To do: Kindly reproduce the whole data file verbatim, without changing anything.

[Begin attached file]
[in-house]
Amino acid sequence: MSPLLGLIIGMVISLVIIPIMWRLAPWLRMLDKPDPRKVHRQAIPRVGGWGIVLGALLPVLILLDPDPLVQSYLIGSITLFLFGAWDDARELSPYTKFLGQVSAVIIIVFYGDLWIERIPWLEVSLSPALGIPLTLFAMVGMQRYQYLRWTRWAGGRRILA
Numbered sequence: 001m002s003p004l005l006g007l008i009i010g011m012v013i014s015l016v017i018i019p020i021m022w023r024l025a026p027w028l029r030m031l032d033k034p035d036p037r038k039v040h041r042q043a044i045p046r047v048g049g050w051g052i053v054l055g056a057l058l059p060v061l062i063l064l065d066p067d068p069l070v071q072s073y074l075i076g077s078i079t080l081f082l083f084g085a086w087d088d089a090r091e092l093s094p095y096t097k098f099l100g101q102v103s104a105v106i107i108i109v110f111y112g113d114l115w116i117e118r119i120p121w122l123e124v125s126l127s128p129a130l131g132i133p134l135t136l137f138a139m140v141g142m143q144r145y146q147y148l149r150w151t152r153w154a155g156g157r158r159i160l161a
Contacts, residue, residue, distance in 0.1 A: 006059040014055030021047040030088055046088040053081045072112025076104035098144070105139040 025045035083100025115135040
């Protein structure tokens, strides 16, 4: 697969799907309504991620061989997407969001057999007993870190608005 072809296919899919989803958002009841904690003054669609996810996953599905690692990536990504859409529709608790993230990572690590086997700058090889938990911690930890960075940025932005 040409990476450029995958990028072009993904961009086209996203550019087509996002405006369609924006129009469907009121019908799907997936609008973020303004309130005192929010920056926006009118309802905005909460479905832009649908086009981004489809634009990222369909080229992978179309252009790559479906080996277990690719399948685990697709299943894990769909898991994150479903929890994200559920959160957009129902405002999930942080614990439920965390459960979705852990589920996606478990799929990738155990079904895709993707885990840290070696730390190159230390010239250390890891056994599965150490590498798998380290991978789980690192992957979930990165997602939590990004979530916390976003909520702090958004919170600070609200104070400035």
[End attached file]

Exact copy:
[in-house]
Amino acid sequence: MSPLLGLIIGMVISLVIIPIMWRLAPWLRMLDKPDPRKVHRQAIPRVGGWGIVLGALLPVLILLDPDPLVQSYLIGSITLFLFGAWDDARELSPYTKFLGQVSAVIIIVFYGDLWIERIPWLEVSLSPALGIPLTLFAMVGMQRYQYLRWTRWAGGRRILA
Numbered sequence: 001m002s003p004l005l006g007l008i009i010g011m012v013i014s015l016v017i018i019p020i021m022w023r024l025a026p027w028l029r030m031l032d033k034p035d036p037r038k039v040h041r042q043a044i045p046r047v048g049g050w051g052i053v054l055g056a057l058l059p060v061l062i063l064l065d066p067d068p069l070v071q072s073y074l075i076g077s078i079t080l081f082l083f084g085a086w087d088d089a090r091e092l093s094p095y096t097k098f099l100g101q102v103s104a105v106i107i108i109v110f111y112g113d114l115w116i117e118r119i120p121w122l123e124v125s126l127s128p129a130l131g132i133p134l135t136l137f138a139m140v141g142m143q144r145y146q147y148l149r150w151t152r153w154a155g156g157r158r159i160l161a
Contacts, residue, residue, distance in 0.1 A: 006059040014055030021047040030088055046088040053081045072112025076104035098144070105139040 025045035083100025115135040
């Protein structure tokens, strides 16, 4: 697969799907309504991620061989997407969001057999007993870190608005 072809296919899919989803958002009841904690003054669609996810996953599905690692990536990504859409529709608790993230990572690590086997700058090889938990911690930890960075940025932005 040409990476450029995958990028072009993904961009086209996203550019087509996002405006369609924006129009469907009121019908799907997936609008973020303004309130005192929010920056926006009118309802905005909460479905832009649908086009981004489809634009990222369909080229992978179309252009790559479906080996277990690719399948685990697709299943894990769909898991994150479903929890994200559920959160957009129902405002999930942080614990439920965390459960979705852990589920996606478990799929990738155990079904895709993707885990840290070696730390190159230390010239250390890891056994599965150490590498798998380290991978789980690192992957979930990165997602939590990004979530916390976003909520702090958004919170600070609200104070400035």